this is from that white book that i'm also using...
the odd answers in the book are in the back in which this problem is one I belive
You know the horizontal distance it must go.
verticalpositionfinal=verticalpositioninitial -4.9 t^2
0=1.5-4.9 t^2 solve for t, then put that into the horizontal distance equation and solve for vi.
Now if you tilt it, then the vihoriontal is viCos10, and vivertical is not zero, but ViSin10.
Work it the same way, it is a little tricker on the algebra, but it works cleanly.
I don't know how the author of the Giancoli text reached 20 m/s as the answer to the second part of this questions. Nevertheless, I do know that the solution Bobpursley suggests here doesn't work. I find it interesting that there isn't one straightforward solution to this question on the entire internet. I've been working on the problem for two days, and none of the strategies I have tried give me 20 m/s.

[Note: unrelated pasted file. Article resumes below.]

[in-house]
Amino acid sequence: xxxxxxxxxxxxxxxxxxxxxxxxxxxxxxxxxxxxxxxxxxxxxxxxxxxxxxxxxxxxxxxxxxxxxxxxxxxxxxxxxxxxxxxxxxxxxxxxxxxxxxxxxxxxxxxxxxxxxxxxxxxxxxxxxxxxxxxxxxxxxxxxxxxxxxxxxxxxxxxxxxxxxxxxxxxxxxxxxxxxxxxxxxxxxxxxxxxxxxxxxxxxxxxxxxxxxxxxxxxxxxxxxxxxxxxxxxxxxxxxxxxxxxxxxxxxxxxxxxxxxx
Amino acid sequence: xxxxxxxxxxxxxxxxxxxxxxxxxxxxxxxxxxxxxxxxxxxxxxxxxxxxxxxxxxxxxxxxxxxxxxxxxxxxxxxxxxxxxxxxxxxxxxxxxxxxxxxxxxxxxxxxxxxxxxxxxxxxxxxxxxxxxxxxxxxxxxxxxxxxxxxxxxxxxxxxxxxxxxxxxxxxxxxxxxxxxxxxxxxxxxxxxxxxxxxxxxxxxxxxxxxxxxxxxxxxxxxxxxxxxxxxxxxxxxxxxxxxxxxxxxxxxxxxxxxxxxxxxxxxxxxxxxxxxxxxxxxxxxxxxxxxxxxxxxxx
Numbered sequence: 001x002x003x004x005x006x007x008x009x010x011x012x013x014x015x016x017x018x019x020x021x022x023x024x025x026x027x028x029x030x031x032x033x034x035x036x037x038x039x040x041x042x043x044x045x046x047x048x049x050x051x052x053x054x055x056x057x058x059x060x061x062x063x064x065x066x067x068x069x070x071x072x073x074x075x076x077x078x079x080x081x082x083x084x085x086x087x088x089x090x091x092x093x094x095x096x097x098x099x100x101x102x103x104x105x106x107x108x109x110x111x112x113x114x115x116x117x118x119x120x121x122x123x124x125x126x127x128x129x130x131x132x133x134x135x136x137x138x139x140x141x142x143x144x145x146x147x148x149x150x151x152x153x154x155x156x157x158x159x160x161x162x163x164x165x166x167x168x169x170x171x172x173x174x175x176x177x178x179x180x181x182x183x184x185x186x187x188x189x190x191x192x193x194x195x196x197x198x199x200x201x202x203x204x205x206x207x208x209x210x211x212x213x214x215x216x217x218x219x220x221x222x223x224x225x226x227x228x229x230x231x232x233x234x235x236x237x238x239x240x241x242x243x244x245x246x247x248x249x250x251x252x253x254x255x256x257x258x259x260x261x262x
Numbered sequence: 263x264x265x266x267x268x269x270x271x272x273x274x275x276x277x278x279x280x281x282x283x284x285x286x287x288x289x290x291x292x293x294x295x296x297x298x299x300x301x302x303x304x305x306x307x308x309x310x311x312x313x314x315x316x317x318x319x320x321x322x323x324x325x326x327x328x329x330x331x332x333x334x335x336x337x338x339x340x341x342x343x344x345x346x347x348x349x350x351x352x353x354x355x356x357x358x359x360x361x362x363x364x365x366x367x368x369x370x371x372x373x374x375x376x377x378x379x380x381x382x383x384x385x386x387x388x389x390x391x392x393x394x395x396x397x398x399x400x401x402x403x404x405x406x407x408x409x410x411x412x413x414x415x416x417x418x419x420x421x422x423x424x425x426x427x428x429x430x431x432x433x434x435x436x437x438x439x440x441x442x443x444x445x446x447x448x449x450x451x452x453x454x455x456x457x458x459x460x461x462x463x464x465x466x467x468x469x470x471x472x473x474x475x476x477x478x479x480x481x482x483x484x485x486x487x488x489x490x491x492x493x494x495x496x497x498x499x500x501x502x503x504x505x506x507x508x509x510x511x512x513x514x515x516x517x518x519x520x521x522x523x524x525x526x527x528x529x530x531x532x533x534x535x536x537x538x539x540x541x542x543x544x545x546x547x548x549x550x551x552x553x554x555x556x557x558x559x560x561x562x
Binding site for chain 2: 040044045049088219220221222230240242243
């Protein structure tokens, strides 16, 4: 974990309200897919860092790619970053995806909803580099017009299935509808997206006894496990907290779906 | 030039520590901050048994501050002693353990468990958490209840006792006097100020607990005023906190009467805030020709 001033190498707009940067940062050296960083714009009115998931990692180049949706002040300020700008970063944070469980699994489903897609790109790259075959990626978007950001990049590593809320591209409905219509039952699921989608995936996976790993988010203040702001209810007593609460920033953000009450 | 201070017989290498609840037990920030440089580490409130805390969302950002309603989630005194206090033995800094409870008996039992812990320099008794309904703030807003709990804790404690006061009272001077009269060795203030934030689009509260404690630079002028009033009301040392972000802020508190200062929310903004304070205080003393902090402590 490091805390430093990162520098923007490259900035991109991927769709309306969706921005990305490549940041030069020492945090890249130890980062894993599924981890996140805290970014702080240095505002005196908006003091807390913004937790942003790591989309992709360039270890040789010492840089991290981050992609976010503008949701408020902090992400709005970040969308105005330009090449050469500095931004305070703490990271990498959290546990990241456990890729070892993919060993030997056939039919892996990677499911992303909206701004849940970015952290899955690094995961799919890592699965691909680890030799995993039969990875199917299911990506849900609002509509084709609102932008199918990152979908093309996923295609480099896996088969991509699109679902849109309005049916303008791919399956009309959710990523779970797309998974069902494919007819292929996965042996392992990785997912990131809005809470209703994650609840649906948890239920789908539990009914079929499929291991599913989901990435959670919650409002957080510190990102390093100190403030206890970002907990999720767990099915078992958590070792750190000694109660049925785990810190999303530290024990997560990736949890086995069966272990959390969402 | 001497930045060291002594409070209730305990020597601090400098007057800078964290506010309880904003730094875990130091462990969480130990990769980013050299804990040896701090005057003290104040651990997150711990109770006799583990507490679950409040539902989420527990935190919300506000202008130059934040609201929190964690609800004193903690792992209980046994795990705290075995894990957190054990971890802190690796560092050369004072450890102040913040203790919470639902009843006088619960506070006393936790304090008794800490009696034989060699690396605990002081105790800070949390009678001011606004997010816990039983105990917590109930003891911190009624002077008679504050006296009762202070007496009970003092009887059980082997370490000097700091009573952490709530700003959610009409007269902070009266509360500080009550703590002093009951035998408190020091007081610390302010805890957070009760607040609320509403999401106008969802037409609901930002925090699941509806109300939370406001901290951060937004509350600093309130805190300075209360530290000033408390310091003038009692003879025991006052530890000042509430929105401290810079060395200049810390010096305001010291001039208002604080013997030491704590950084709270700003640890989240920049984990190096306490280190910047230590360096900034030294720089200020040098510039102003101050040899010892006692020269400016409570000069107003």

To call the algebra on this question convuluted is a profound understatement. Nevertheless, I have solved it.
The range equals 20 meters and the initial velocity of the car along the x-axis is 0.98Vi (or the Vicos10). Since the combined time the car travels up and down on the y-axis equals the time the car travels the entire way along the x-axis, you can set the equation as follows:
time = time
20 / 0.98Vi = time on y-axis
Divide 20 by 0.98 to find that the ratio of the initial velocity is:
20.4 / Vi
...or more simply put, the initial velocity if 20 m/s.